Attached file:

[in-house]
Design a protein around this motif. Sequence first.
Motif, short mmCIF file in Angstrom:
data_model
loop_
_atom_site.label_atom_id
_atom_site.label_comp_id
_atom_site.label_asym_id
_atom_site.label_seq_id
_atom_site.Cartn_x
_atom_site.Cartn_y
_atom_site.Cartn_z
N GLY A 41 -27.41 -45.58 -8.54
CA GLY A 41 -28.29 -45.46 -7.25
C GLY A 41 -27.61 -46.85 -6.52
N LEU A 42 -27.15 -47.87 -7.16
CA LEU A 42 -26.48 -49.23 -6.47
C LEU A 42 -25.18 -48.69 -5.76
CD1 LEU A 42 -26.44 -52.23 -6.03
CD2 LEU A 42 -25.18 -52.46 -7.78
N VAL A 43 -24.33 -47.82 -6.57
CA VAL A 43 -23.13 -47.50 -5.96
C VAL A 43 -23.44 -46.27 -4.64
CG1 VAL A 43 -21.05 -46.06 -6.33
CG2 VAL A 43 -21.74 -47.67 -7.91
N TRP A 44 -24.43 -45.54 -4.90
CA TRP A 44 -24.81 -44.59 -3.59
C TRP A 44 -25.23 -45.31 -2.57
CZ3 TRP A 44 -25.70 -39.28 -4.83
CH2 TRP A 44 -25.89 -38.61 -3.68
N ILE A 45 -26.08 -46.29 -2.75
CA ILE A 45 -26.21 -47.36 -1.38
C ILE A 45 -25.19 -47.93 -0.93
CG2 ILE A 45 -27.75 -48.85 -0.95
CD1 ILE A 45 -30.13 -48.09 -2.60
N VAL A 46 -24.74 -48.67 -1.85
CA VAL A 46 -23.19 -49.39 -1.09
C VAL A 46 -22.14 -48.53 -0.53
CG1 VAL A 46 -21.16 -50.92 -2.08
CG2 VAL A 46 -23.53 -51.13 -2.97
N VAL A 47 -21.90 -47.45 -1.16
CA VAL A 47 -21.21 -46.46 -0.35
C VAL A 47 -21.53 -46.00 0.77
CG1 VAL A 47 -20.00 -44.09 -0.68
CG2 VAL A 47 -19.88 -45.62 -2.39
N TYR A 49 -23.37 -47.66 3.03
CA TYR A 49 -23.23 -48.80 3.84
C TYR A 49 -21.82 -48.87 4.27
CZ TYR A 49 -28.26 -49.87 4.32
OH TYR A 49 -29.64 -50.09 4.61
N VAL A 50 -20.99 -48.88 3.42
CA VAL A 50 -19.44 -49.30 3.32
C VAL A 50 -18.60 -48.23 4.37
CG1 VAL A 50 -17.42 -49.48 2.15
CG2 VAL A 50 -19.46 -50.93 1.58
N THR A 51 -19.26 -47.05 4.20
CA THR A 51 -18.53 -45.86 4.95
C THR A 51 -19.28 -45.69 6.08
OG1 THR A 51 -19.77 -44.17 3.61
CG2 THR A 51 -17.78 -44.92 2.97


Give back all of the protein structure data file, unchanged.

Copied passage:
[in-house]
Design a protein around this motif. Sequence first.
Motif, short mmCIF file in Angstrom:
data_model
loop_
_atom_site.label_atom_id
_atom_site.label_comp_id
_atom_site.label_asym_id
_atom_site.label_seq_id
_atom_site.Cartn_x
_atom_site.Cartn_y
_atom_site.Cartn_z
N GLY A 41 -27.41 -45.58 -8.54
CA GLY A 41 -28.29 -45.46 -7.25
C GLY A 41 -27.61 -46.85 -6.52
N LEU A 42 -27.15 -47.87 -7.16
CA LEU A 42 -26.48 -49.23 -6.47
C LEU A 42 -25.18 -48.69 -5.76
CD1 LEU A 42 -26.44 -52.23 -6.03
CD2 LEU A 42 -25.18 -52.46 -7.78
N VAL A 43 -24.33 -47.82 -6.57
CA VAL A 43 -23.13 -47.50 -5.96
C VAL A 43 -23.44 -46.27 -4.64
CG1 VAL A 43 -21.05 -46.06 -6.33
CG2 VAL A 43 -21.74 -47.67 -7.91
N TRP A 44 -24.43 -45.54 -4.90
CA TRP A 44 -24.81 -44.59 -3.59
C TRP A 44 -25.23 -45.31 -2.57
CZ3 TRP A 44 -25.70 -39.28 -4.83
CH2 TRP A 44 -25.89 -38.61 -3.68
N ILE A 45 -26.08 -46.29 -2.75
CA ILE A 45 -26.21 -47.36 -1.38
C ILE A 45 -25.19 -47.93 -0.93
CG2 ILE A 45 -27.75 -48.85 -0.95
CD1 ILE A 45 -30.13 -48.09 -2.60
N VAL A 46 -24.74 -48.67 -1.85
CA VAL A 46 -23.19 -49.39 -1.09
C VAL A 46 -22.14 -48.53 -0.53
CG1 VAL A 46 -21.16 -50.92 -2.08
CG2 VAL A 46 -23.53 -51.13 -2.97
N VAL A 47 -21.90 -47.45 -1.16
CA VAL A 47 -21.21 -46.46 -0.35
C VAL A 47 -21.53 -46.00 0.77
CG1 VAL A 47 -20.00 -44.09 -0.68
CG2 VAL A 47 -19.88 -45.62 -2.39
N TYR A 49 -23.37 -47.66 3.03
CA TYR A 49 -23.23 -48.80 3.84
C TYR A 49 -21.82 -48.87 4.27
CZ TYR A 49 -28.26 -49.87 4.32
OH TYR A 49 -29.64 -50.09 4.61
N VAL A 50 -20.99 -48.88 3.42
CA VAL A 50 -19.44 -49.30 3.32
C VAL A 50 -18.60 -48.23 4.37
CG1 VAL A 50 -17.42 -49.48 2.15
CG2 VAL A 50 -19.46 -50.93 1.58
N THR A 51 -19.26 -47.05 4.20
CA THR A 51 -18.53 -45.86 4.95
C THR A 51 -19.28 -45.69 6.08
OG1 THR A 51 -19.77 -44.17 3.61
CG2 THR A 51 -17.78 -44.92 2.97